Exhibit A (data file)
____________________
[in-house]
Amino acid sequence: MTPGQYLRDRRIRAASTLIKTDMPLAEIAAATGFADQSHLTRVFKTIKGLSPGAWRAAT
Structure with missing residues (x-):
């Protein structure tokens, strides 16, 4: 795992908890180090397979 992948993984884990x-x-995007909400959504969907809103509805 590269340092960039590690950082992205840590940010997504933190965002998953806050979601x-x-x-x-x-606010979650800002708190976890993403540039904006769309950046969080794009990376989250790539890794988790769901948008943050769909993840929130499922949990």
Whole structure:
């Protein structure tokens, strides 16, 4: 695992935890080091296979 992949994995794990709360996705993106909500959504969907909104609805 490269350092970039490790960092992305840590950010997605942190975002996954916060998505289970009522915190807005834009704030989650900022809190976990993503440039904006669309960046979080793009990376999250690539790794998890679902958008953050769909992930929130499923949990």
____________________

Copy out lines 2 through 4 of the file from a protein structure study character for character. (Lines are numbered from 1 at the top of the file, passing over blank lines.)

Amino acid sequence: MTPGQYLRDRRIRAASTLIKTDMPLAEIAAATGFADQSHLTRVFKTIKGLSPGAWRAAT
Structure with missing residues (x-):
């Protein structure tokens, strides 16, 4: 795992908890180090397979 992948993984884990x-x-995007909400959504969907809103509805 590269340092960039590690950082992205840590940010997504933190965002998953806050979601x-x-x-x-x-606010979650800002708190976890993403540039904006769309950046969080794009990376989250790539890794988790769901948008943050769909993840929130499922949990």